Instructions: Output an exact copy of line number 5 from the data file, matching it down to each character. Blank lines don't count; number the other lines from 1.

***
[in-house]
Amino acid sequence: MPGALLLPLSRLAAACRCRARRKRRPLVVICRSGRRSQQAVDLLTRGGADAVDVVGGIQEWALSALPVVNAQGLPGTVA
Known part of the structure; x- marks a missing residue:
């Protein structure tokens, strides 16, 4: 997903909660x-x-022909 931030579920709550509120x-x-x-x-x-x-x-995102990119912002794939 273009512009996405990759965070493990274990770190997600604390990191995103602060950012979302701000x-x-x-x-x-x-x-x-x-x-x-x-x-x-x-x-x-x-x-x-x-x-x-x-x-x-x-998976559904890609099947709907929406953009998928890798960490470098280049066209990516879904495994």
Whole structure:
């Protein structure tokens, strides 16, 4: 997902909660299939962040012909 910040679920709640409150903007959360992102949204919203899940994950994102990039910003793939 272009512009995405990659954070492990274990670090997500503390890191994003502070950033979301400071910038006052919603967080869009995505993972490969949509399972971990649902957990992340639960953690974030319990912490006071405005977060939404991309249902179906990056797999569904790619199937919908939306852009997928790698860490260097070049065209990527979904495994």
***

Whole structure: